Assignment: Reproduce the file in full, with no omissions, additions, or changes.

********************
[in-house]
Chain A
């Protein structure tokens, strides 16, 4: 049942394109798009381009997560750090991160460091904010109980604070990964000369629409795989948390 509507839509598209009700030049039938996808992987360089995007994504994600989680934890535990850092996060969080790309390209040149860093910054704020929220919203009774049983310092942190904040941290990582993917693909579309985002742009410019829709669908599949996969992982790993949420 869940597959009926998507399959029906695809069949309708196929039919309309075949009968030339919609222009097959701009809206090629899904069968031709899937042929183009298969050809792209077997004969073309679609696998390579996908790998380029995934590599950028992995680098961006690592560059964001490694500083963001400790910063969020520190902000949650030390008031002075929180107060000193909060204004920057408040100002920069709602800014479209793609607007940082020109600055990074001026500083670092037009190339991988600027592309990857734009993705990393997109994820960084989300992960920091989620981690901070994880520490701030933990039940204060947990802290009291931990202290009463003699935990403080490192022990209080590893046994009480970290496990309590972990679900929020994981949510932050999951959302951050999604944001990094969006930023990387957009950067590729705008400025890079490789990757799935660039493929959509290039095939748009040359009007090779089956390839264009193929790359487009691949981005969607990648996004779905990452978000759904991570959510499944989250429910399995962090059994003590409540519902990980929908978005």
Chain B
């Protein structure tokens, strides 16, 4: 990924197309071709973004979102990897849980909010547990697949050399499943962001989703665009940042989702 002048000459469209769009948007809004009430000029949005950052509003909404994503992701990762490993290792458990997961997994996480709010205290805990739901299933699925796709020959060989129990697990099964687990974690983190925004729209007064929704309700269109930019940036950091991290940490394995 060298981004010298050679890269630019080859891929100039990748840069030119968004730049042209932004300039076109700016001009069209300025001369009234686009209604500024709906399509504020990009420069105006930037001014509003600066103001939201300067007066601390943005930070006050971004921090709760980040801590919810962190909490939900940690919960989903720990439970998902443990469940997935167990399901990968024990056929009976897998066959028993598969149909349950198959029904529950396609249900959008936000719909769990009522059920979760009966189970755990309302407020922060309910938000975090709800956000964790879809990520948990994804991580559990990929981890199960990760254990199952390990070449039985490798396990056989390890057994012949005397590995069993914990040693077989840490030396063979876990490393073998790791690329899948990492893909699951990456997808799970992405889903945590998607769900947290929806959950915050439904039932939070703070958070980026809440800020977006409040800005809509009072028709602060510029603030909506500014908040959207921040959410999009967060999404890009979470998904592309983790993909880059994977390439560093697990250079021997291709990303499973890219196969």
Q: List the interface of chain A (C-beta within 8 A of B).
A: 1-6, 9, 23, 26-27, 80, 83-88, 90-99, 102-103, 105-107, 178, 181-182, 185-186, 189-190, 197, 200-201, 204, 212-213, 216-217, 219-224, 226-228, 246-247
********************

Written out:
[in-house]
Chain A
């Protein structure tokens, strides 16, 4: 049942394109798009381009997560750090991160460091904010109980604070990964000369629409795989948390 509507839509598209009700030049039938996808992987360089995007994504994600989680934890535990850092996060969080790309390209040149860093910054704020929220919203009774049983310092942190904040941290990582993917693909579309985002742009410019829709669908599949996969992982790993949420 869940597959009926998507399959029906695809069949309708196929039919309309075949009968030339919609222009097959701009809206090629899904069968031709899937042929183009298969050809792209077997004969073309679609696998390579996908790998380029995934590599950028992995680098961006690592560059964001490694500083963001400790910063969020520190902000949650030390008031002075929180107060000193909060204004920057408040100002920069709602800014479209793609607007940082020109600055990074001026500083670092037009190339991988600027592309990857734009993705990393997109994820960084989300992960920091989620981690901070994880520490701030933990039940204060947990802290009291931990202290009463003699935990403080490192022990209080590893046994009480970290496990309590972990679900929020994981949510932050999951959302951050999604944001990094969006930023990387957009950067590729705008400025890079490789990757799935660039493929959509290039095939748009040359009007090779089956390839264009193929790359487009691949981005969607990648996004779905990452978000759904991570959510499944989250429910399995962090059994003590409540519902990980929908978005």
Chain B
């Protein structure tokens, strides 16, 4: 990924197309071709973004979102990897849980909010547990697949050399499943962001989703665009940042989702 002048000459469209769009948007809004009430000029949005950052509003909404994503992701990762490993290792458990997961997994996480709010205290805990739901299933699925796709020959060989129990697990099964687990974690983190925004729209007064929704309700269109930019940036950091991290940490394995 060298981004010298050679890269630019080859891929100039990748840069030119968004730049042209932004300039076109700016001009069209300025001369009234686009209604500024709906399509504020990009420069105006930037001014509003600066103001939201300067007066601390943005930070006050971004921090709760980040801590919810962190909490939900940690919960989903720990439970998902443990469940997935167990399901990968024990056929009976897998066959028993598969149909349950198959029904529950396609249900959008936000719909769990009522059920979760009966189970755990309302407020922060309910938000975090709800956000964790879809990520948990994804991580559990990929981890199960990760254990199952390990070449039985490798396990056989390890057994012949005397590995069993914990040693077989840490030396063979876990490393073998790791690329899948990492893909699951990456997808799970992405889903945590998607769900947290929806959950915050439904039932939070703070958070980026809440800020977006409040800005809509009072028709602060510029603030909506500014908040959207921040959410999009967060999404890009979470998904592309983790993909880059994977390439560093697990250079021997291709990303499973890219196969």
Q: List the interface of chain A (C-beta within 8 A of B).
A: 1-6, 9, 23, 26-27, 80, 83-88, 90-99, 102-103, 105-107, 178, 181-182, 185-186, 189-190, 197, 200-201, 204, 212-213, 216-217, 219-224, 226-228, 246-247